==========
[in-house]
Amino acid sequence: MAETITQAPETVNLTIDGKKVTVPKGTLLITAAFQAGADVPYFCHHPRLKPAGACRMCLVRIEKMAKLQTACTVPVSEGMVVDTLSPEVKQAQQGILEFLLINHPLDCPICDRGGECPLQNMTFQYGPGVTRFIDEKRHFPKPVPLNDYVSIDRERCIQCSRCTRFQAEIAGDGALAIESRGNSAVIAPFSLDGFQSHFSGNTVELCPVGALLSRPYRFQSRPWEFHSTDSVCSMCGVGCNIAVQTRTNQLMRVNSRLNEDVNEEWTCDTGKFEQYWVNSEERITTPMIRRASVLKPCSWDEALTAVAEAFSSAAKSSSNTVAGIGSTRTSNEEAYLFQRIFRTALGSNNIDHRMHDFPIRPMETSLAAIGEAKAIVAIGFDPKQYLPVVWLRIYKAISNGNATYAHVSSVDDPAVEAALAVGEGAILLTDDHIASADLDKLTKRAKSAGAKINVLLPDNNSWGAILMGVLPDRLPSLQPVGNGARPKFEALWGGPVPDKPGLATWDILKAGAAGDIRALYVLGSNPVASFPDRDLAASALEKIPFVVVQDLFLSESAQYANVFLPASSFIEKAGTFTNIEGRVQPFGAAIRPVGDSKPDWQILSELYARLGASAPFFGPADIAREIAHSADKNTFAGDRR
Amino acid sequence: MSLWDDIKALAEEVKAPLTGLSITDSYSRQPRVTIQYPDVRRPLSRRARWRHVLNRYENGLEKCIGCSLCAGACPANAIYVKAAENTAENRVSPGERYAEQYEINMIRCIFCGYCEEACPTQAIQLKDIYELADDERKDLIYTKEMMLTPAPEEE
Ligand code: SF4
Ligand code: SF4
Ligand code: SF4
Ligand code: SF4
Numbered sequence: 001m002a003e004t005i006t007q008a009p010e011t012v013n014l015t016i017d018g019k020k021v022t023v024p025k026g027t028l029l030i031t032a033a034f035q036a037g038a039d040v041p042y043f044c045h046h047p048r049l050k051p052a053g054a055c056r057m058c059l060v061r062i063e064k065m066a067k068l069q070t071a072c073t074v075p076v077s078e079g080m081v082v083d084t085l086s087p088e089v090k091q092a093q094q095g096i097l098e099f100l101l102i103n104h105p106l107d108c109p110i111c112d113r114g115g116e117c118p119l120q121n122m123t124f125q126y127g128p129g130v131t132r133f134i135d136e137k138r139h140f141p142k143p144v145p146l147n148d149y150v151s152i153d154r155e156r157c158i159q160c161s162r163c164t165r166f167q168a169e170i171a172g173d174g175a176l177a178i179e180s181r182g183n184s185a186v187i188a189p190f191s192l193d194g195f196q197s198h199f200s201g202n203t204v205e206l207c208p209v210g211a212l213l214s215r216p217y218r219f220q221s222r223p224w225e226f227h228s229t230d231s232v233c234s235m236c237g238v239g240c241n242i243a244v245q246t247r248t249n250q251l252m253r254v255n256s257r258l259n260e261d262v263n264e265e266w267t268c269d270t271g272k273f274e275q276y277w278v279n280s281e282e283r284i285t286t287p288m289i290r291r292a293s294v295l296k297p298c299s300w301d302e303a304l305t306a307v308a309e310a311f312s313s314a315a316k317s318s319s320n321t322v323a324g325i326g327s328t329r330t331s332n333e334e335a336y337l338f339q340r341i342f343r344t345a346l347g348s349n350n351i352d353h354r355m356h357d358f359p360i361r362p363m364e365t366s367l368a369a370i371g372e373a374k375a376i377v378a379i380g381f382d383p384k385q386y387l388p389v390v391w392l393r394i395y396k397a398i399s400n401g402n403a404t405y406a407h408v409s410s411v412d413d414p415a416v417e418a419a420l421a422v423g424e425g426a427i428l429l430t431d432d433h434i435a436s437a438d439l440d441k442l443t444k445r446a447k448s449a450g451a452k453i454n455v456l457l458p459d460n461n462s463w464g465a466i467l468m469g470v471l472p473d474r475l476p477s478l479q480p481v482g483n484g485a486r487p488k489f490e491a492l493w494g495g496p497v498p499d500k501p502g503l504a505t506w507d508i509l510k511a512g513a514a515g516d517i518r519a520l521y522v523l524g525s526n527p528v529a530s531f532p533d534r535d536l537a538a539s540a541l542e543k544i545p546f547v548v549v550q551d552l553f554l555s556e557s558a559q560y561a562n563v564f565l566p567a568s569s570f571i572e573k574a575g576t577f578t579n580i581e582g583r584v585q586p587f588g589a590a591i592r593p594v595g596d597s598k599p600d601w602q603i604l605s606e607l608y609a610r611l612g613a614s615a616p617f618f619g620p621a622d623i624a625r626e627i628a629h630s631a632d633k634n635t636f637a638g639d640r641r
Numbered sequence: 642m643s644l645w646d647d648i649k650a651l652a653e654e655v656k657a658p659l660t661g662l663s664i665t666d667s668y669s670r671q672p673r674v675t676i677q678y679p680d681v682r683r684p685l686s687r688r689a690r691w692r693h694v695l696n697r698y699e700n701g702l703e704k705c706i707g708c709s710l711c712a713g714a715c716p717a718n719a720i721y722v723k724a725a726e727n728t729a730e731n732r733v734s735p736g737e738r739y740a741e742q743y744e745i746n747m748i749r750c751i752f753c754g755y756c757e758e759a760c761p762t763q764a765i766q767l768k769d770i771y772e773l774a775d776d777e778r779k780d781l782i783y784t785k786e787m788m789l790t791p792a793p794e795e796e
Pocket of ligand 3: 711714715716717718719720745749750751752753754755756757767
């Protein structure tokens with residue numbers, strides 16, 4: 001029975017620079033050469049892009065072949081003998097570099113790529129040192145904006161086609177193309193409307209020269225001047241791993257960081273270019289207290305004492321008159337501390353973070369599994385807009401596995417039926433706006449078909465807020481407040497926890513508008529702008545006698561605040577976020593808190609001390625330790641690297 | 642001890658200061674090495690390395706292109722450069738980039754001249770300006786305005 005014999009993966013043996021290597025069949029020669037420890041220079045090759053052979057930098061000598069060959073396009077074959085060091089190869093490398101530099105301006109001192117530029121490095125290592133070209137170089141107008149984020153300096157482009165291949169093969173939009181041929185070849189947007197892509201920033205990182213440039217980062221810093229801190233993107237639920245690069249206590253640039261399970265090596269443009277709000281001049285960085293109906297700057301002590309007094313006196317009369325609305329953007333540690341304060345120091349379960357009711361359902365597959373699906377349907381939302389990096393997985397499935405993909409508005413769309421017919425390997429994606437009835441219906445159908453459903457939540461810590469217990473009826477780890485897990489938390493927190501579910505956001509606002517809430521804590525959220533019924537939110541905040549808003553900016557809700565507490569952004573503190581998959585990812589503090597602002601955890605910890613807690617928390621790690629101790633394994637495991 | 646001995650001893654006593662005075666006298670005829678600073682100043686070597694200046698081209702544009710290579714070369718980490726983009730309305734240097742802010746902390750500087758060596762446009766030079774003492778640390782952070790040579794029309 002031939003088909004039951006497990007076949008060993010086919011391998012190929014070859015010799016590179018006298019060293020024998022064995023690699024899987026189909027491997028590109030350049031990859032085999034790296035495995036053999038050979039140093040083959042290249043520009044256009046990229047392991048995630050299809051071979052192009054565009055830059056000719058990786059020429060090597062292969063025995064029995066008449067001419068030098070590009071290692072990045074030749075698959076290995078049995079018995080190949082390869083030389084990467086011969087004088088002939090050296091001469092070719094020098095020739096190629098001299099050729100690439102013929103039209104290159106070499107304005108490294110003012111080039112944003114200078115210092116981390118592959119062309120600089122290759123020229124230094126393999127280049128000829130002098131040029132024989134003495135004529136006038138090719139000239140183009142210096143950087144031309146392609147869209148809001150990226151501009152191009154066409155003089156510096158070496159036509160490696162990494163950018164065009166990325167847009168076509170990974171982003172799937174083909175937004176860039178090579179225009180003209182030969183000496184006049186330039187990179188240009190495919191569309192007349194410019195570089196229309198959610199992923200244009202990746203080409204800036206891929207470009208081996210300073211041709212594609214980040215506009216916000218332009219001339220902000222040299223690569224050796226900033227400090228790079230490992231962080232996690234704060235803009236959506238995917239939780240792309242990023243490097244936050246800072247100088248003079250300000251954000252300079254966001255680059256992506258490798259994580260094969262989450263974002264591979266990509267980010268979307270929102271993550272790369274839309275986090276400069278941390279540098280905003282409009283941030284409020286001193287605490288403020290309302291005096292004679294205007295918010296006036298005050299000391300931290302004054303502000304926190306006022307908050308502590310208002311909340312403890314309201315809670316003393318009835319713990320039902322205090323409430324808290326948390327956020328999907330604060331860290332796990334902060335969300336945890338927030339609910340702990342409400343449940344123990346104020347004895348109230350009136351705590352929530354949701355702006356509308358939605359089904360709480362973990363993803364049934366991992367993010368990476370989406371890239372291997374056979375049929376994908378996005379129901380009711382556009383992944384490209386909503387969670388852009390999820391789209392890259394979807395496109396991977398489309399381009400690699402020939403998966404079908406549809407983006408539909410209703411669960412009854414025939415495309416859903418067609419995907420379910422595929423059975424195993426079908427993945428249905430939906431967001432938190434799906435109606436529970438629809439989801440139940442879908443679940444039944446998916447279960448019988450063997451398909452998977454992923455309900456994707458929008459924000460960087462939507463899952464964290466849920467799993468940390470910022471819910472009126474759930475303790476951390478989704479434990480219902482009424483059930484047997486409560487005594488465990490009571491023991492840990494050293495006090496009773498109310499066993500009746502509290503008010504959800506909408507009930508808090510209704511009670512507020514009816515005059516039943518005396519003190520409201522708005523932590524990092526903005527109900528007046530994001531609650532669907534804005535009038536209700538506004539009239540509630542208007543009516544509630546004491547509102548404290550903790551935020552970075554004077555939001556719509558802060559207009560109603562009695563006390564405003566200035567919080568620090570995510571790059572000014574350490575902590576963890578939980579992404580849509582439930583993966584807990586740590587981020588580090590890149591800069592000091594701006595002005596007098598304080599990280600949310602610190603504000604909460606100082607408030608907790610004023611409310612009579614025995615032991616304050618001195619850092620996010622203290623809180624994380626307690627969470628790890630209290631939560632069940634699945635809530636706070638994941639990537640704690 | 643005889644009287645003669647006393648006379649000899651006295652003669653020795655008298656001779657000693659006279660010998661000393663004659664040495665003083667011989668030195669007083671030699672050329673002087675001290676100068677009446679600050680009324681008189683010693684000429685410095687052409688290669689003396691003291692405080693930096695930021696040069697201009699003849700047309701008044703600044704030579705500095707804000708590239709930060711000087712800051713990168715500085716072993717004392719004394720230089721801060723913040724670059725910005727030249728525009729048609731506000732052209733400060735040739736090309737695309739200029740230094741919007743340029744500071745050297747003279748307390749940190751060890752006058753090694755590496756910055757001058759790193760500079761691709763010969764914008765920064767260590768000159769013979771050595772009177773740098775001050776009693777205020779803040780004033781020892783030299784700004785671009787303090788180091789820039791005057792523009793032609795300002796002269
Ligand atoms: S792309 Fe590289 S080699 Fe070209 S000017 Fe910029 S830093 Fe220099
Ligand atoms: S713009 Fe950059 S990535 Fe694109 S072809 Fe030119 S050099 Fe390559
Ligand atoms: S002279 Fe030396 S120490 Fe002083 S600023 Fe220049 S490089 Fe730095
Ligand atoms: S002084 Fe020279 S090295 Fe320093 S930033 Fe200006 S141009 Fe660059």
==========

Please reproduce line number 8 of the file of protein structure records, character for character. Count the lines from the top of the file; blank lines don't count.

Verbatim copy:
Numbered sequence: 001m002a003e004t005i006t007q008a009p010e011t012v013n014l015t016i017d018g019k020k021v022t023v024p025k026g027t028l029l030i031t032a033a034f035q036a037g038a039d040v041p042y043f044c045h046h047p048r049l050k051p052a053g054a055c056r057m058c059l060v061r062i063e064k065m066a067k068l069q070t071a072c073t074v075p076v077s078e079g080m081v082v083d084t085l086s087p088e089v090k091q092a093q094q095g096i097l098e099f100l101l102i103n104h105p106l107d108c109p110i111c112d113r114g115g116e117c118p119l120q121n122m123t124f125q126y127g128p129g130v131t132r133f134i135d136e137k138r139h140f141p142k143p144v145p146l147n148d149y150v151s152i153d154r155e156r157c158i159q160c161s162r163c164t165r166f167q168a169e170i171a172g173d174g175a176l177a178i179e180s181r182g183n184s185a186v187i188a189p190f191s192l193d194g195f196q197s198h199f200s201g202n203t204v205e206l207c208p209v210g211a212l213l214s215r216p217y218r219f220q221s222r223p224w225e226f227h228s229t230d231s232v233c234s235m236c237g238v239g240c241n242i243a244v245q246t247r248t249n250q251l252m253r254v255n256s257r258l259n260e261d262v263n264e265e266w267t268c269d270t271g272k273f274e275q276y277w278v279n280s281e282e283r284i285t286t287p288m289i290r291r292a293s294v295l296k297p298c299s300w301d302e303a304l305t306a307v308a309e310a311f312s313s314a315a316k317s318s319s320n321t322v323a324g325i326g327s328t329r330t331s332n333e334e335a336y337l338f339q340r341i342f343r344t345a346l347g348s349n350n351i352d353h354r355m356h357d358f359p360i361r362p363m364e365t366s367l368a369a370i371g372e373a374k375a376i377v378a379i380g381f382d383p384k385q386y387l388p389v390v391w392l393r394i395y396k397a398i399s400n401g402n403a404t405y406a407h408v409s410s411v412d413d414p415a416v417e418a419a420l421a422v423g424e425g426a427i428l429l430t431d432d433h434i435a436s437a438d439l440d441k442l443t444k445r446a447k448s449a450g451a452k453i454n455v456l457l458p459d460n461n462s463w464g465a466i467l468m469g470v471l472p473d474r475l476p477s478l479q480p481v482g483n484g485a486r487p488k489f490e491a492l493w494g495g496p497v498p499d500k501p502g503l504a505t506w507d508i509l510k511a512g513a514a515g516d517i518r519a520l521y522v523l524g525s526n527p528v529a530s531f532p533d534r535d536l537a538a539s540a541l542e543k544i545p546f547v548v549v550q551d552l553f554l555s556e557s558a559q560y561a562n563v564f565l566p567a568s569s570f571i572e573k574a575g576t577f578t579n580i581e582g583r584v585q586p587f588g589a590a591i592r593p594v595g596d597s598k599p600d601w602q603i604l605s606e607l608y609a610r611l612g613a614s615a616p617f618f619g620p621a622d623i624a625r626e627i628a629h630s631a632d633k634n635t636f637a638g639d640r641r